In 2014, Kesha sued her producer, Dr. Luke, based on the claim that he repeatedly sexually assaulted her throughout their professional relationship. Dr. Luke sued the pop star back based on the claim that the singer tried to “extort him into voiding their contract.” Since then, Kesha’s career had been brought to a standstill. Her contract specifies that she is not to collaborate with anyone besides her producer …
Pop-Culture | Posted by David G on 02/10/2016
This past Saturday, Beyoncé released the first new song from her upcoming album, entitled “Formation.” The song, and accompanying video, may be the most important works the star has released. If her 2013 eponymous album was the birth of her understanding of self empowerment and goal to empower other women, “Formation” indicates that she will only build on this mission and continue to forcefully declare her political views.
Many things make “Formation” special, but perhaps chief among them is Beyoncé’s evisceration of the respectability politics to which African American women are often subjected. The song can be interpreted as a much-needed declaration of defiance, both against the stereotypical, cultural expectations for African American women and against the idea that African-American women aren’t, and cannot be, leaders in …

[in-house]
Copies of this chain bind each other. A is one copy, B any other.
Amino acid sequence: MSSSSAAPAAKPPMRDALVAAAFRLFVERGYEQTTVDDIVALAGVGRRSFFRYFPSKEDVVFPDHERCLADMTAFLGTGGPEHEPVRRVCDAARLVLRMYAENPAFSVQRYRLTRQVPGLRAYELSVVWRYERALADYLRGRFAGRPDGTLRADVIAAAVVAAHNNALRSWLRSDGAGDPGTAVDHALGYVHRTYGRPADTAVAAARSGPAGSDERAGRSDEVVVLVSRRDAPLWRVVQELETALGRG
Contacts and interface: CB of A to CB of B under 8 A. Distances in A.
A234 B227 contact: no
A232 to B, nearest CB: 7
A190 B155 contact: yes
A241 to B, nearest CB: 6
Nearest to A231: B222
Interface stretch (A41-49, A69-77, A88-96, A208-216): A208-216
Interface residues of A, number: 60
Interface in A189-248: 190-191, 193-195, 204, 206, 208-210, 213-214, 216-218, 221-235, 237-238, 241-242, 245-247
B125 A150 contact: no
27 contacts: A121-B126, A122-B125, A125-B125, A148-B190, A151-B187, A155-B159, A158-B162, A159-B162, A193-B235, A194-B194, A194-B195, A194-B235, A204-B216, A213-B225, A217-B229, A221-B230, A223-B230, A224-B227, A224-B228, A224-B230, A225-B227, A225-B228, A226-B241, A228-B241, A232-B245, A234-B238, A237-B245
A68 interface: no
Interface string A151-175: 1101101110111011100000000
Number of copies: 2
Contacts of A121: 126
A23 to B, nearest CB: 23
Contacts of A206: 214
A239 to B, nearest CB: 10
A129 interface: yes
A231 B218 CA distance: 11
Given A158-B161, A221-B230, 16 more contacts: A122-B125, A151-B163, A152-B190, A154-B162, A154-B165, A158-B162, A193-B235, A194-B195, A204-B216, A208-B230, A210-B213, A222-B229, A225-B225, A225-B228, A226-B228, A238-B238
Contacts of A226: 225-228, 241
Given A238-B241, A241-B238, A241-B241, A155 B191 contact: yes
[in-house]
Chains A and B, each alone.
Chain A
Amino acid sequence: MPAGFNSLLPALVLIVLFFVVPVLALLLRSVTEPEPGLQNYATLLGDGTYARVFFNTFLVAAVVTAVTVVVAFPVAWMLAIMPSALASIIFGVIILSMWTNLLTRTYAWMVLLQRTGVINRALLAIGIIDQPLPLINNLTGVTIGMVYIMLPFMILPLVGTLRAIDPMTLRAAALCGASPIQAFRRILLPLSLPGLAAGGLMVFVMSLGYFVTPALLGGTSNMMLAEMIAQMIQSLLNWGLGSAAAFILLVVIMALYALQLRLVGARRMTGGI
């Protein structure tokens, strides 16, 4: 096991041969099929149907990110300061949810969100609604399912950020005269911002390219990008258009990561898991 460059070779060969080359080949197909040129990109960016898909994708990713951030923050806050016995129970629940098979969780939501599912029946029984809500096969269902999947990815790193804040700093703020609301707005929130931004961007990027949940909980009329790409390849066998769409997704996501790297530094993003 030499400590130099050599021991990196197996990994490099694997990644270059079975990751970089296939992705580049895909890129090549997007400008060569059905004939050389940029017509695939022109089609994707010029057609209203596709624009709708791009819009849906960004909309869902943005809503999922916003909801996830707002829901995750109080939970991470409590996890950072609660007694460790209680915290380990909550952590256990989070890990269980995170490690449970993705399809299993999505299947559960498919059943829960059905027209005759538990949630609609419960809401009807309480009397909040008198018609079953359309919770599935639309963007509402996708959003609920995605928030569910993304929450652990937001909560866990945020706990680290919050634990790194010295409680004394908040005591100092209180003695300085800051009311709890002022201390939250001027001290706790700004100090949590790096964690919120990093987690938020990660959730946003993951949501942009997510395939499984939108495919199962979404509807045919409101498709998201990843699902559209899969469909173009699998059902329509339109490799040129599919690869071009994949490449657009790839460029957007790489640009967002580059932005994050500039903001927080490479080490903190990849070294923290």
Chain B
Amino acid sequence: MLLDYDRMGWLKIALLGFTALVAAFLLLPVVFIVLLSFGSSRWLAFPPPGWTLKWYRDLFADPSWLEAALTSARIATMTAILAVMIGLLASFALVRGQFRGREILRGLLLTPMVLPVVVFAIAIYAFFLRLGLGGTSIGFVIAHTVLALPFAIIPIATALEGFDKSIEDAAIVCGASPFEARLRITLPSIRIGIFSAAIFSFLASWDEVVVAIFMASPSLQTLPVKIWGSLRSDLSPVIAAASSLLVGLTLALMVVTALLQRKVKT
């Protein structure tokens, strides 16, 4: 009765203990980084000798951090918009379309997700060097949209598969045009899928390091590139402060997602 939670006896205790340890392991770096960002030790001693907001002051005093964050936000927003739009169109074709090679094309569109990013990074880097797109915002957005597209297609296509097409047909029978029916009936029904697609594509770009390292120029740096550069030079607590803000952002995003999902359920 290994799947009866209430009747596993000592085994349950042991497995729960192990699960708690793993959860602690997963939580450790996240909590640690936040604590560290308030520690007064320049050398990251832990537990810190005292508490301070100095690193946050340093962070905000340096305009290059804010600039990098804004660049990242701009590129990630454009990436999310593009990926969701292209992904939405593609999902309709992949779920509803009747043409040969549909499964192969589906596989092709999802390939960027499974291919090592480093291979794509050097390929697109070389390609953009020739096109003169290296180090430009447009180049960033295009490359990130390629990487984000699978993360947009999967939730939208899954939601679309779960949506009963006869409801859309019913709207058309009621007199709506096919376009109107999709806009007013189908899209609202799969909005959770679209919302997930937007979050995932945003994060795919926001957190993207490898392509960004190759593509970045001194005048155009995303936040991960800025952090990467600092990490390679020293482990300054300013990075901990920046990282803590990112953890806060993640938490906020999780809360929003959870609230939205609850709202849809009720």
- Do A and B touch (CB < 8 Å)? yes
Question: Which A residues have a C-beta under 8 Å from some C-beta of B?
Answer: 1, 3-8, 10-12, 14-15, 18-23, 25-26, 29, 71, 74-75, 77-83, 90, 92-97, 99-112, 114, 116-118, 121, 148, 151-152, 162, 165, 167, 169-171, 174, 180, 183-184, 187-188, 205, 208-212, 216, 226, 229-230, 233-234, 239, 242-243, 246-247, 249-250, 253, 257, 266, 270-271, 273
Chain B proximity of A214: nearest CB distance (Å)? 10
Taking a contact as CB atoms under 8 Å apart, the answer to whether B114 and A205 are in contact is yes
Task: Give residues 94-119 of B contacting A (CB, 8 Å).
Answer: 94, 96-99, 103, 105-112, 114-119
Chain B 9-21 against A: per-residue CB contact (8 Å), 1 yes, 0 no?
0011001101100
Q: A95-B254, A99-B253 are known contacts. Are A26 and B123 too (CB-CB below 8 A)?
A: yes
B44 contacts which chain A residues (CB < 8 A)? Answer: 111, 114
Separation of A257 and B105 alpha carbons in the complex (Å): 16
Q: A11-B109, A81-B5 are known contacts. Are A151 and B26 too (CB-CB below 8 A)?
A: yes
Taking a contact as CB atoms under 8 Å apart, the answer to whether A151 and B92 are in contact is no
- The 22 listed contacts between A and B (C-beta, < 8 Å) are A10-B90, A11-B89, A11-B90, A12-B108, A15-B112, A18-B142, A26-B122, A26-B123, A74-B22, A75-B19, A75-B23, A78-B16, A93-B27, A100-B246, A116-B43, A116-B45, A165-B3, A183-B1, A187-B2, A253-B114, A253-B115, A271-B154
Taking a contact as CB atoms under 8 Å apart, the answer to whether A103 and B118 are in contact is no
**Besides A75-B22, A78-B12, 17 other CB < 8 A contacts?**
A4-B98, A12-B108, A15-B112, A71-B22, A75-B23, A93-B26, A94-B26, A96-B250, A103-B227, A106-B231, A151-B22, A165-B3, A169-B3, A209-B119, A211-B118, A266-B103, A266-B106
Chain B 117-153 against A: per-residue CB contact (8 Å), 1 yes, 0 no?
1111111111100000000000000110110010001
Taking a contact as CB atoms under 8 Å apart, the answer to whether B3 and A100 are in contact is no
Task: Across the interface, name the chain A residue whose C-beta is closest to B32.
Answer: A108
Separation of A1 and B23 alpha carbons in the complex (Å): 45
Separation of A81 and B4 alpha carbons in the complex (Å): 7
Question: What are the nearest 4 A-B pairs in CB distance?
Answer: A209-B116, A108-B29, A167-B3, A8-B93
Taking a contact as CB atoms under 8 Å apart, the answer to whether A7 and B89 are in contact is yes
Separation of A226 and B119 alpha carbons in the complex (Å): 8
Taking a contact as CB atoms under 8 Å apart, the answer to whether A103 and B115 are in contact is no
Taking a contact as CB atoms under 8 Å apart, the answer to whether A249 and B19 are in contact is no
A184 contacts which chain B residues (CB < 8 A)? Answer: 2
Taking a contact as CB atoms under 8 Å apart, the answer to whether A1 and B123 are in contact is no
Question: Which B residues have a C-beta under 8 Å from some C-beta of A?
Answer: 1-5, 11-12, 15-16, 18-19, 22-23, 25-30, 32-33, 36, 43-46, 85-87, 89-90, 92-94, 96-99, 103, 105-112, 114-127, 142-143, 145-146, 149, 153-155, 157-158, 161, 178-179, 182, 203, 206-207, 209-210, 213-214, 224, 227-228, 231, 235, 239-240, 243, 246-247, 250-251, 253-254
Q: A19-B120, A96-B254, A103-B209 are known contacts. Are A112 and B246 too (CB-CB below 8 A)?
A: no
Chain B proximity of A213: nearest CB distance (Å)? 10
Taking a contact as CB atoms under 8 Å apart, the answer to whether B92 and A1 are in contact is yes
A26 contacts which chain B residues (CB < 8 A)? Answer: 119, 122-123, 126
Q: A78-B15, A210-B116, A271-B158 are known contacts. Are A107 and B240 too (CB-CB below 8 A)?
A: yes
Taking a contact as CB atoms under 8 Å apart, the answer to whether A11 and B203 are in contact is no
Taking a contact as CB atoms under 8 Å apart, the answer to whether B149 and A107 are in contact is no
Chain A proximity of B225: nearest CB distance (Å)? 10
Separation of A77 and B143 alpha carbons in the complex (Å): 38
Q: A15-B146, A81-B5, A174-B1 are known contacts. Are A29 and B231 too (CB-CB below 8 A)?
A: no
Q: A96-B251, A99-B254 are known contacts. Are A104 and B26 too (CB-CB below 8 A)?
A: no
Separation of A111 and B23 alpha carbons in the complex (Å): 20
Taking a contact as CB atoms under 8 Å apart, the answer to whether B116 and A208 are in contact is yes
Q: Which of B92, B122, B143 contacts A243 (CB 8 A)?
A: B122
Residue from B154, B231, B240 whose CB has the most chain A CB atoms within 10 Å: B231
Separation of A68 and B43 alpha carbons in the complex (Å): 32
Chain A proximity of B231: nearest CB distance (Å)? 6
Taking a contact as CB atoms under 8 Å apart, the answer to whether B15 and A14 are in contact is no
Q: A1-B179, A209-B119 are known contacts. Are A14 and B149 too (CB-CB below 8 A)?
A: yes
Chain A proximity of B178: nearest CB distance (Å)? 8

Feminism | Posted by Siena R on 02/7/2016
It’s not what you think.
I have anorexia. My first instinct was to at least shield you, random stranger on the Internet, from that truth, to ease you in. But there’s no way to put that gently. That’s not my reality. My reality is that I have been living with this mental illness since I was 14 and in my freshman year of high school.
Contrary to popular belief, this eating disorder isn’t just a “phase” or something that will go away once I “just eat.” Anorexia is not a choice nor is it directly or solely caused by images of excessively thin models and actresses in the media. Eating disorders are crippling mental illnesses. They can be genetically inherited from your parents or relatives, just like one inherits …
Pop-Culture | Posted by Liz L on 02/5/2016
When I met Grimes — the project of DIY musician, writer, performer, and producer Claire Boucher — after her recent Nashville concert, our first exchange was one of unabashed praise. “Your voice,” she said to me. “It is exceptional.”